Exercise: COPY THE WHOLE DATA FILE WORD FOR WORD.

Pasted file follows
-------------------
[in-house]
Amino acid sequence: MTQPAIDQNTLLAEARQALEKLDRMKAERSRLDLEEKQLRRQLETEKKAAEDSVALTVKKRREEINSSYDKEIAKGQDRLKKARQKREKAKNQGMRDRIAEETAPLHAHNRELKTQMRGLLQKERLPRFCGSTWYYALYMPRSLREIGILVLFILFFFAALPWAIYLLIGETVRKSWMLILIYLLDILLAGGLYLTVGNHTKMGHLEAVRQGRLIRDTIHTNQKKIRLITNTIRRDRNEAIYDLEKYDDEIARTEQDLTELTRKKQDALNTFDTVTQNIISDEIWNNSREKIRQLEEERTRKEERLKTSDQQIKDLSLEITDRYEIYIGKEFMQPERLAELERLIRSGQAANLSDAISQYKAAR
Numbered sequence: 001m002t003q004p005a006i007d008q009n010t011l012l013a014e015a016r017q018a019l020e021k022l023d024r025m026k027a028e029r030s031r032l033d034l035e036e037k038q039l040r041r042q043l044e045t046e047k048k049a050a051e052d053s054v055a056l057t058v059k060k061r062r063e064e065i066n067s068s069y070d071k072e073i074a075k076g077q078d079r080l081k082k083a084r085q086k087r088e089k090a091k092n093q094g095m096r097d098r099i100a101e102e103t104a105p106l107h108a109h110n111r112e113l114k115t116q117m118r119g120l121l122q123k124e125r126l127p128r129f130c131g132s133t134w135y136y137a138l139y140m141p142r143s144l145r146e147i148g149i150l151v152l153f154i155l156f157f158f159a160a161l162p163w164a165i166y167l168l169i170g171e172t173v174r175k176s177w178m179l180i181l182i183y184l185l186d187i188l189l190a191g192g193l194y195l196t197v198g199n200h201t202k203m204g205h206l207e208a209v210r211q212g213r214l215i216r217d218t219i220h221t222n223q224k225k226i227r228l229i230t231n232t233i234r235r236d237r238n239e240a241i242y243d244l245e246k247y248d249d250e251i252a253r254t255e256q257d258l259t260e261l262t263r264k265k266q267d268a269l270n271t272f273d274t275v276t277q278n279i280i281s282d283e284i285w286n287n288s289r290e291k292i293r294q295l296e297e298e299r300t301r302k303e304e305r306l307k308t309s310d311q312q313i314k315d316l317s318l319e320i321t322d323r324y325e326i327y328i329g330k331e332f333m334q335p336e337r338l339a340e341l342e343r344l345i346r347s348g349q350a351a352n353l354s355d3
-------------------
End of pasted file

[in-house]
Amino acid sequence: MTQPAIDQNTLLAEARQALEKLDRMKAERSRLDLEEKQLRRQLETEKKAAEDSVALTVKKRREEINSSYDKEIAKGQDRLKKARQKREKAKNQGMRDRIAEETAPLHAHNRELKTQMRGLLQKERLPRFCGSTWYYALYMPRSLREIGILVLFILFFFAALPWAIYLLIGETVRKSWMLILIYLLDILLAGGLYLTVGNHTKMGHLEAVRQGRLIRDTIHTNQKKIRLITNTIRRDRNEAIYDLEKYDDEIARTEQDLTELTRKKQDALNTFDTVTQNIISDEIWNNSREKIRQLEEERTRKEERLKTSDQQIKDLSLEITDRYEIYIGKEFMQPERLAELERLIRSGQAANLSDAISQYKAAR
Numbered sequence: 001m002t003q004p005a006i007d008q009n010t011l012l013a014e015a016r017q018a019l020e021k022l023d024r025m026k027a028e029r030s031r032l033d034l035e036e037k038q039l040r041r042q043l044e045t046e047k048k049a050a051e052d053s054v055a056l057t058v059k060k061r062r063e064e065i066n067s068s069y070d071k072e073i074a075k076g077q078d079r080l081k082k083a084r085q086k087r088e089k090a091k092n093q094g095m096r097d098r099i100a101e102e103t104a105p106l107h108a109h110n111r112e113l114k115t116q117m118r119g120l121l122q123k124e125r126l127p128r129f130c131g132s133t134w135y136y137a138l139y140m141p142r143s144l145r146e147i148g149i150l151v152l153f154i155l156f157f158f159a160a161l162p163w164a165i166y167l168l169i170g171e172t173v174r175k176s177w178m179l180i181l182i183y184l185l186d187i188l189l190a191g192g193l194y195l196t197v198g199n200h201t202k203m204g205h206l207e208a209v210r211q212g213r214l215i216r217d218t219i220h221t222n223q224k225k226i227r228l229i230t231n232t233i234r235r236d237r238n239e240a241i242y243d244l245e246k247y248d249d250e251i252a253r254t255e256q257d258l259t260e261l262t263r264k265k266q267d268a269l270n271t272f273d274t275v276t277q278n279i280i281s282d283e284i285w286n287n288s289r290e291k292i293r294q295l296e297e298e299r300t301r302k303e304e305r306l307k308t309s310d311q312q313i314k315d316l317s318l319e320i321t322d323r324y325e326i327y328i329g330k331e332f333m334q335p336e337r338l339a340e341l342e343r344l345i346r347s348g349q350a351a352n353l354s355d3